Derrick Pottle’s love of carving began at a young age when he would make toys for himself as a child, coaxing wood into images of animals, figures and boats . This childhood pastime naturally developed into an art practice when he was older . Born in Rigolet, Nunatsiavut, NL, Pottle faced the challenges of many artists in the area, such as access to materials and adequate studios to create work .
It was in working with stone that his relationship to carving flourished , allowing him to expand his practice and refine his skills. Pottle’s relationship to the land, in maintaining a traditional lifestyle of fishing and hunting, influences his art practice. He is able to obtain materials such as hide and bone, and he carves his interactions with animals from memory . Rather than working from images such as photographs, or journals or books, Pottle’s images reside as memories from his time on the land, transferring to an immediacy of time in his sculptural work.
In Kayak Hunter (2015), Pottle positions three figures along a winding piece of antler. While realistic scale is not considered in the piece, the careful attention to detail in the small figures of polar bear, seal and hunter in a kayak are delicately carved. The polar bear is carved from ivory, the muscle evident in the stance of the bear, as it faces the action between the seal and hunter as if in the distance, a calm observer to the tension of the other two. The seal, made of black steatite (soapstone), is caught mid-motion in an attempted jump from the edge of the antler into the open expanse of the sea. Its front flippers are brought together in tension under its body, straining forward, and it uses its tail to propel itself forward, away from land and into water. The head extends outward, toward the unseen distance of the water that is implied by the sculpture. The hunter’s attention is solely focused on the seal, arms raised and laden with spear and rope, biding time for the perfect moment to strike. The tension is palpable in the positioning of the figures and the imagined landscape, at once invisible and implied. The hunter’s kayak is carved of dark stone to visually connect it to the seal, whereas the white fur of his hood is linked to the polar bear in colour, with all three figures connected through the land depicted by the antler. Keeping the natural curve of the antler, Pottle uses the material to depict landscape in a way that draws attention to the physical materials of the sculpture at the same time that it activates a viewer’s imagination.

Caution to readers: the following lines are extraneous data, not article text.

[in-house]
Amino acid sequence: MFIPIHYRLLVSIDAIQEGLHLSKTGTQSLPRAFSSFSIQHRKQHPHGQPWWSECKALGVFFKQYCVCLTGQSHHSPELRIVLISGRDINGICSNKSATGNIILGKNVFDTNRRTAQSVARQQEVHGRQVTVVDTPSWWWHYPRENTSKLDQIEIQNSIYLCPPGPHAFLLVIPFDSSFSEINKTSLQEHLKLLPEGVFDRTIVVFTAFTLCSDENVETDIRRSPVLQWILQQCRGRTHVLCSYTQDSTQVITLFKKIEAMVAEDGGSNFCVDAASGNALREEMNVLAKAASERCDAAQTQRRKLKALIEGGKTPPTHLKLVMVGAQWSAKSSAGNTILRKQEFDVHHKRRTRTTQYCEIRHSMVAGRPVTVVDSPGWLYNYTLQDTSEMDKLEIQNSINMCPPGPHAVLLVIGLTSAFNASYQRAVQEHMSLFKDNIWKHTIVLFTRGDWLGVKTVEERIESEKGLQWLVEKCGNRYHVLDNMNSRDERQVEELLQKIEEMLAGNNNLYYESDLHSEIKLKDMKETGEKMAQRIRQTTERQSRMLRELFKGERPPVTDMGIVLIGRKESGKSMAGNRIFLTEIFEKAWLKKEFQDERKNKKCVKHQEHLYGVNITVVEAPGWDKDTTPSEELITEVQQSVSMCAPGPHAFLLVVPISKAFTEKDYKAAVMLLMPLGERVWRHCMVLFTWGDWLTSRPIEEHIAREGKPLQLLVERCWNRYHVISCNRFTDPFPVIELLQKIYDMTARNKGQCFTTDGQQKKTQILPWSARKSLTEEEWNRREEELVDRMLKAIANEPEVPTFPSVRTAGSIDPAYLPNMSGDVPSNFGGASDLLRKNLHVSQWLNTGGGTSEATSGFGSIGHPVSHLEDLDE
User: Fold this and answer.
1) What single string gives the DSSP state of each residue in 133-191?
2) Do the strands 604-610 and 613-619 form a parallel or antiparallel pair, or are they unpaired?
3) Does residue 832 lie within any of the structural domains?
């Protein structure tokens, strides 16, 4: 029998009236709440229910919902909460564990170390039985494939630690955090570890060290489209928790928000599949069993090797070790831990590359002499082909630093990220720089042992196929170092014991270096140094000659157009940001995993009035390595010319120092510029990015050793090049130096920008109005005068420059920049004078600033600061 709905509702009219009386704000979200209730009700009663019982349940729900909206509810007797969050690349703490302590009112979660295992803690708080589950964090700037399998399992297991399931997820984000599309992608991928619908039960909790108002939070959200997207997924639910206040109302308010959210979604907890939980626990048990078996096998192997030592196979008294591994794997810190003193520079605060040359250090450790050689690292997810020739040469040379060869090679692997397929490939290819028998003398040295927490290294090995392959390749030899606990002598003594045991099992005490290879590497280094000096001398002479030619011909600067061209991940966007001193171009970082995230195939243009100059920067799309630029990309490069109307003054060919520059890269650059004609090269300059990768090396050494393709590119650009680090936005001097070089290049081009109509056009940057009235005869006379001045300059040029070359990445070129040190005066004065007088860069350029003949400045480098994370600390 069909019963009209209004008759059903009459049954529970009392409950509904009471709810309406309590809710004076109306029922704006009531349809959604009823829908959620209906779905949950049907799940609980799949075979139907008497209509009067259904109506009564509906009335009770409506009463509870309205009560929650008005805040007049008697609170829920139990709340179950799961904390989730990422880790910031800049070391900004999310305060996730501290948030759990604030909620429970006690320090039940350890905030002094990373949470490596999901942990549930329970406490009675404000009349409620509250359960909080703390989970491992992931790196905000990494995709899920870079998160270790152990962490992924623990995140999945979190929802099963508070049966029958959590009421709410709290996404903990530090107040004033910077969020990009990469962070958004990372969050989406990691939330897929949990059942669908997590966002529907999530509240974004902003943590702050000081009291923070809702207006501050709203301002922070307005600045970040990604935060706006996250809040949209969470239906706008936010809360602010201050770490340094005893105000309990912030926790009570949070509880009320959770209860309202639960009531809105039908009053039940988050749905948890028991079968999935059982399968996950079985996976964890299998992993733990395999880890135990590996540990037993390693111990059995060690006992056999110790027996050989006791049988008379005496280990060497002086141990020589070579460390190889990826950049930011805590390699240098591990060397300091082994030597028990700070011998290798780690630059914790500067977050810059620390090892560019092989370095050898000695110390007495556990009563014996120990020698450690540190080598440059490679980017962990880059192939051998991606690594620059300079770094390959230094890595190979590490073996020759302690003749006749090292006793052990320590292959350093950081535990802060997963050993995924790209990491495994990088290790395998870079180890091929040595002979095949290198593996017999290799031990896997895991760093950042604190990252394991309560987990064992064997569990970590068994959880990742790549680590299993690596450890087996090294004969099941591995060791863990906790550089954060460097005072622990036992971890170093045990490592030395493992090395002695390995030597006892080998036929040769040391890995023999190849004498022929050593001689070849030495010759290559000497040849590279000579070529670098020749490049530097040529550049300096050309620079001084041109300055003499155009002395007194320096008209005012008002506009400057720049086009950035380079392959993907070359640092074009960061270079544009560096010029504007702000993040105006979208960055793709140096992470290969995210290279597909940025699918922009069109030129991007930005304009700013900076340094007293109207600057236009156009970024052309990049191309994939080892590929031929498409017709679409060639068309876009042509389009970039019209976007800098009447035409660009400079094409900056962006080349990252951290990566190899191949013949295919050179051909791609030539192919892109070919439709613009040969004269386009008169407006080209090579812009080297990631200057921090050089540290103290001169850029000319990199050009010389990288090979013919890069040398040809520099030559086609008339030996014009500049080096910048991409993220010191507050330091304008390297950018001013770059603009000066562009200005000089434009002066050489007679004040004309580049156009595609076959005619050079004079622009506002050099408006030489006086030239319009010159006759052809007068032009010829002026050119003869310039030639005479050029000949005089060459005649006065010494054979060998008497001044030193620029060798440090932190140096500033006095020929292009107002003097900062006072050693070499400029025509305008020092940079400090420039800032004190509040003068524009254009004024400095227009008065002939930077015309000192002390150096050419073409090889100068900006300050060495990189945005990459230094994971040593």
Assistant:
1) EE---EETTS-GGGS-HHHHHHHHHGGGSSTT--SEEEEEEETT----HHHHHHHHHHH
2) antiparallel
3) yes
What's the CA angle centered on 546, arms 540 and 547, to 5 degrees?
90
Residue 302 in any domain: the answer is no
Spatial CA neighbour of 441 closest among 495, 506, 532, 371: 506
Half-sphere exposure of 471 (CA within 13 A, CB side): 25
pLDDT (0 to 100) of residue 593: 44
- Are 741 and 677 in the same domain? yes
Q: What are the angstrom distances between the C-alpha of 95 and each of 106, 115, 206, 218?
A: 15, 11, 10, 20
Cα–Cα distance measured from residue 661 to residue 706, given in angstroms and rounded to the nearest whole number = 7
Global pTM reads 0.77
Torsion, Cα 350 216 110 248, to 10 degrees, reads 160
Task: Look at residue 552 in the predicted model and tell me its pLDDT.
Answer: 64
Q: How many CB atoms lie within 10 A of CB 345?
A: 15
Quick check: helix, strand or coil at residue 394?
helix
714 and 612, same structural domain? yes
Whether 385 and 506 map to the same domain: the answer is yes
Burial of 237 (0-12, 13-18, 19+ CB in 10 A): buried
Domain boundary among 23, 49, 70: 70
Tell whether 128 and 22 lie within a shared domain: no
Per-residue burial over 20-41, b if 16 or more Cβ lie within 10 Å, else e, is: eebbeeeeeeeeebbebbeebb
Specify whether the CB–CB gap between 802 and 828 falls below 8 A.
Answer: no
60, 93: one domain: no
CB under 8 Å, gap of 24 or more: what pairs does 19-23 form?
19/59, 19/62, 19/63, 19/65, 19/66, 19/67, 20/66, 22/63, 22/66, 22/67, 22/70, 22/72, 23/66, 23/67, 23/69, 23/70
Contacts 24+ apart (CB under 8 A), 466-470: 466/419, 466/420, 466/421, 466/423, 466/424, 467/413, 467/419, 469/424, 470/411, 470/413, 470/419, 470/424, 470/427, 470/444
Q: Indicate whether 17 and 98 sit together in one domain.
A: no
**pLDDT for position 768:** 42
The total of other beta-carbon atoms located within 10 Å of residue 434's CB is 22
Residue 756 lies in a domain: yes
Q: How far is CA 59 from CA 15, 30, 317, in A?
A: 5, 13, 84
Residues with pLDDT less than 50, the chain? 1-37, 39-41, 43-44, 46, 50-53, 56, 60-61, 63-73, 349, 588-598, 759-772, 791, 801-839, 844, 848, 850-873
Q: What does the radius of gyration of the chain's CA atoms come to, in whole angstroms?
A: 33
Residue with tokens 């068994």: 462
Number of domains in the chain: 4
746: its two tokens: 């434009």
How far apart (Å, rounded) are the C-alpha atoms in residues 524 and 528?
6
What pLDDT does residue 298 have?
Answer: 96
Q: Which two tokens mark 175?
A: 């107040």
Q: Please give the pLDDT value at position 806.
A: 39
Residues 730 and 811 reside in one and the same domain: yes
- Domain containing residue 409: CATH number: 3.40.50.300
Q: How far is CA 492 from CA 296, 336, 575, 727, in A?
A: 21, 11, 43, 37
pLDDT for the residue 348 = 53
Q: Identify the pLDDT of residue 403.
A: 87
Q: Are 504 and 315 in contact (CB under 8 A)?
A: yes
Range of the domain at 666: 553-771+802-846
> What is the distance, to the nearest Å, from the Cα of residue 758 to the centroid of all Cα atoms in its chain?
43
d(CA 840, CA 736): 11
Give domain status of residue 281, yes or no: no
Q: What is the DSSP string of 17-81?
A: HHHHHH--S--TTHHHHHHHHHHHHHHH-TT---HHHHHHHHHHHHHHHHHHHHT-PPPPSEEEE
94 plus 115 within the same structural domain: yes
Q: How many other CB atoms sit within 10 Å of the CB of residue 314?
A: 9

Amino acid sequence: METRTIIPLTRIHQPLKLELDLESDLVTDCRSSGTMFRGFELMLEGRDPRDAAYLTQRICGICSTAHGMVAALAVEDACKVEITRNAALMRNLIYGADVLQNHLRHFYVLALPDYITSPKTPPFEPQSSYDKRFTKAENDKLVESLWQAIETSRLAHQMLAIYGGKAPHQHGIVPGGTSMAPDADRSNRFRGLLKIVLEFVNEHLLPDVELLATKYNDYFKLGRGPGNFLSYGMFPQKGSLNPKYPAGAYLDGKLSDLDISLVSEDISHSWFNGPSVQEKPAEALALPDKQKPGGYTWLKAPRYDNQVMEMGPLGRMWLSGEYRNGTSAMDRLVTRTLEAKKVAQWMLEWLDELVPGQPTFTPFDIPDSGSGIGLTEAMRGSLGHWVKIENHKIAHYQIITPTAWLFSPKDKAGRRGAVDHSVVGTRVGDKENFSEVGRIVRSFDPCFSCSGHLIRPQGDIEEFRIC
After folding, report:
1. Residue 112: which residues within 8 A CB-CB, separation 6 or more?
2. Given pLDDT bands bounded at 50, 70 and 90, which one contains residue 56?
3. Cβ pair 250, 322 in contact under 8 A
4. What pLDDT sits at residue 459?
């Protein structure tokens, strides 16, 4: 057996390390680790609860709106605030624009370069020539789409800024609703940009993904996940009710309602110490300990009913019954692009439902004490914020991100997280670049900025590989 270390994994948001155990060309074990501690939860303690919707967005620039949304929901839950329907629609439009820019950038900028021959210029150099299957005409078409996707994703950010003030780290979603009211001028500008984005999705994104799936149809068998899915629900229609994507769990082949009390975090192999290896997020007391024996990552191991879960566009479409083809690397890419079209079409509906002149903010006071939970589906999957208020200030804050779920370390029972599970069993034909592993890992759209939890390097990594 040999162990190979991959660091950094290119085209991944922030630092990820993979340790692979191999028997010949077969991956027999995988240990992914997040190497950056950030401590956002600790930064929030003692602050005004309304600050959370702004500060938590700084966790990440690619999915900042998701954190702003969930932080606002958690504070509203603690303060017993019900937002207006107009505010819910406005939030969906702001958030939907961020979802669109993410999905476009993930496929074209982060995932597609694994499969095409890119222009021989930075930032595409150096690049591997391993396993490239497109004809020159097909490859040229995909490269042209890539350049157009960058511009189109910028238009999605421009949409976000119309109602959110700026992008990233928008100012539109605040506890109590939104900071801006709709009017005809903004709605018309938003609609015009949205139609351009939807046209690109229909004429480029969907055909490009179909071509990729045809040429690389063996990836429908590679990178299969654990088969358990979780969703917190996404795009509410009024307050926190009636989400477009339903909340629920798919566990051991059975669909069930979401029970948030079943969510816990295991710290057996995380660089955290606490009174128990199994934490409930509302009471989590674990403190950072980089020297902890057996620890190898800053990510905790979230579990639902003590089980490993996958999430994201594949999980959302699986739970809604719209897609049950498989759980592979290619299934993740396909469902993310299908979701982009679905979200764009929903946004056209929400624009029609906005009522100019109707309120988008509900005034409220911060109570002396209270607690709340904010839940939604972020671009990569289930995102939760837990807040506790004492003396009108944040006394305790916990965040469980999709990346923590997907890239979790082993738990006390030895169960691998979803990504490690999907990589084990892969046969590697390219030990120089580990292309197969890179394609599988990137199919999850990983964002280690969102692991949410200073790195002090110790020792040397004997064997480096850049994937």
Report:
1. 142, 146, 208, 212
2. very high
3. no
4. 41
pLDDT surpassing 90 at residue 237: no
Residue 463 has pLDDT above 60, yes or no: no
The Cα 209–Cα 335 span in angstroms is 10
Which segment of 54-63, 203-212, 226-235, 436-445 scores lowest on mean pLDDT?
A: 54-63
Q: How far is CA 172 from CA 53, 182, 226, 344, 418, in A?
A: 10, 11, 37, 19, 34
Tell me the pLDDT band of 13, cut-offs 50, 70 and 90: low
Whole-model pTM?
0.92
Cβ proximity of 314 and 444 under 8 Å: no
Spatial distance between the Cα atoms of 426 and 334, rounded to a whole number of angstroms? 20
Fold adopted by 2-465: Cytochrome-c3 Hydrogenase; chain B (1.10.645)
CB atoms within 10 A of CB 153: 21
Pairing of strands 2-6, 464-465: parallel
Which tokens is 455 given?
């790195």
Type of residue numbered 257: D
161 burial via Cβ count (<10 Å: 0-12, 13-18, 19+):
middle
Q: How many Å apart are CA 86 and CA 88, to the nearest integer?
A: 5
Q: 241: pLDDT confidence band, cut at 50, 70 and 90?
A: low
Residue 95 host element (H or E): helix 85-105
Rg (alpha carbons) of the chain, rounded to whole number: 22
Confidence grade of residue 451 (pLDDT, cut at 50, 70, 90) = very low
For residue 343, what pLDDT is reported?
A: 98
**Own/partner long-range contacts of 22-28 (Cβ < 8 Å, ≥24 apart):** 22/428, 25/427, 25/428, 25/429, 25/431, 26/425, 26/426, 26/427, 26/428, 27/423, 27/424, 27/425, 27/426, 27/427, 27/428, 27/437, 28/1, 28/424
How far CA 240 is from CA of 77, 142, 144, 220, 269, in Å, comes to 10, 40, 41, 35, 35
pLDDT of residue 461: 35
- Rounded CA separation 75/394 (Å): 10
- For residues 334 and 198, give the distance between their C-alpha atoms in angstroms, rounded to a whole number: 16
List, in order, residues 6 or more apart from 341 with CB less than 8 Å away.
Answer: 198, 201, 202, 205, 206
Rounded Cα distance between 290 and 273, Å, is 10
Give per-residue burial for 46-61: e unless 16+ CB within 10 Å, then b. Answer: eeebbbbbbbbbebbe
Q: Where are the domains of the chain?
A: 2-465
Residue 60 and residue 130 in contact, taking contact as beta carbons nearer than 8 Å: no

Derrick Pottle served on the Inuit Art Quarterly’s Editorial Advisory Council from 2004 to 2005. His long artistic career has benefitted from his continued commitment to the land and in keeping cultural traditions and knowledge alive .